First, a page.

The Otolaryngology residency program spans five years beyond graduation from medical school. In year one, residents focus on general surgery residency at IU Health University Hospital and affiliated hospitals. For the remaining 48 months, resident training in Otolaryngology—Head and Neck Surgery occurs in hospitals affiliated with the IU School of Medicine in Indianapolis.
The residency training program is based on the core curriculum of the American Board of Otolaryngology and includes five (5) years of post-graduate medical education:
Six months Otolaryngology, 6 months CORE rotations
General Otolaryngology, Pediatric Otolaryngology, Otology/Neurotology
Facial Plastics, Rhinology, Head and Neck, Laryngology, Research
Head and Neck, Rhinology, Laryngology, General Otolaryngology
Otology/Neurotology, Facial Plastics, General Otolaryngology, Head and Neck
Unless otherwise specified, rotations are two months each. Unique to the otolaryngology residency at IU School of Medicine, a protected four-month research block exists to all residents during PGY 3.
Residents improve technical skills and judgement through many hands-on medical simulation settings:
- The Division of Pediatric Otolaryngology hosts a quarterly multidisciplinary airway simulation in the state-of-the-art Simulation Center at Fairbanks Hall.
- The Division of Rhinology and Skull Base Surgery offers endoscopic cadaver dissections.
- The Division of Facial Plastic and Reconstruction provides facial plating and trauma courses.
- The Division of Otology/Neurolotology leads weekly sessions at the Otolaryngology Temporal Bone Laboratory, equipped with 15 individual stations of quality operating microscopes and the latest otologic surgical drills. The laboratory is open and available to residents at all times for additional practice.
Otolaryngology residents at IU School of Medicine are required to participate in on-call duties, starting at PGY2. The objective of on-call activities is to prepare residents for the clinical practice of otolaryngology and to facilitate experience with acute patient care. Junior-level residents rotate primary call on a nightly basis and on weekends and holidays. In general, each resident has the majority of two weekends free of call per month. Senior-level residents rotate coverage of backup call on a weekly basis. Junior residents take five to six home calls per month on average.
The Department of Otolaryngology–Head and Neck Surgery houses a top-funded otolaryngologic research program, and the otolaryngologyresidency curriculum offers a strong foundation in basic and clinical research techniques. The goal is for each resident to gain the necessary skill set expected of today’s academic physicians, should they choose this career path.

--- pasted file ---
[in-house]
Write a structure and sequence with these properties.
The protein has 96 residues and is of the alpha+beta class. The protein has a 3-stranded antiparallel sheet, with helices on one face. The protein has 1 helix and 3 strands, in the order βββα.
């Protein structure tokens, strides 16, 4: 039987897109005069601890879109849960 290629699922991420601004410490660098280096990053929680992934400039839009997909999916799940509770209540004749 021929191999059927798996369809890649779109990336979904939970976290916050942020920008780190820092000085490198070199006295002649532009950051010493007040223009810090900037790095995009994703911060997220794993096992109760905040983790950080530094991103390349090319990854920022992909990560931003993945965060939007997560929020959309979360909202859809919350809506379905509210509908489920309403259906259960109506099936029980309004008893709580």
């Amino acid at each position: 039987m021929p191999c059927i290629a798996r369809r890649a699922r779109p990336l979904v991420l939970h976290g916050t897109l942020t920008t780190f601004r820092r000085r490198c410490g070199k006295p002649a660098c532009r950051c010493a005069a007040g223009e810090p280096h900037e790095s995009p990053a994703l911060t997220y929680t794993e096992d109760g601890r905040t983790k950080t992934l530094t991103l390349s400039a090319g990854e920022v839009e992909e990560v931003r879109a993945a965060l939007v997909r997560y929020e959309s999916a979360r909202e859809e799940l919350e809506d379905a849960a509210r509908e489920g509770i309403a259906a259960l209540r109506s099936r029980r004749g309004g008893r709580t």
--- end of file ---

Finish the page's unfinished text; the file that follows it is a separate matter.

Each resident is required to complete one research project per year, mentored by faculty of their choosing. Additionally, the otolaryngology residency dedicates a four-month research rotation during the PGY3 year. Resident research is presented at the Annual Manion-Lingeman Research Symposium in June. High-quality projects are subsequently presented at regional or national meetings and/or published in peer-reviewed scientific journals.
Residents participate in a number of clinical conferences.
Otoloryngology Grand Rounds are held every Wednesday morning from 7 to 9 am. Otolaryngology—Head and Neck Surgery faculty (both clinical and research) as well as distinguished guests present on themes relating to the field of otolaryngology. All medical professional attendees receive two AMA PRA Category 1 Credits each session. Active participation is encouraged. Residents prepare two to three presentations during their training.
The IU School of Medicine Annual Anatomy and Histopathology of the Head, Neck and Temporal Bone Course is the longest-running postgraduate education course in the United States. Held in July each year, this one-week review includes didactics, hands-on application of surgical techniques and a thorough review of the head and neck anatomy. Each day is dedicated to a specific area of otolaryngology. The course is taught by IU School of Medicine faculty alongside nationally renowned guest lecturers. All IU School of Medicnie otolaryngology residents are required to attend (along with 24 residents from other otolaryngology programs around the country).
Clinically related conferences allow medical specialists in multiple disciplines collaborate to ensure patients receive comprehensive, evidence-based treatment throughout their health care experience. Residents have opportunities to interact with clinicians in radiation oncology, pathology, medical oncology, speech pathology and other departments. Multidisciplinary conferences include Head and Neck Oncology Conference, Cochlear Implant Program Meetings, Neuroradiology Conference, Thyroid and Endocrine Conference and Facial Trauma Conference.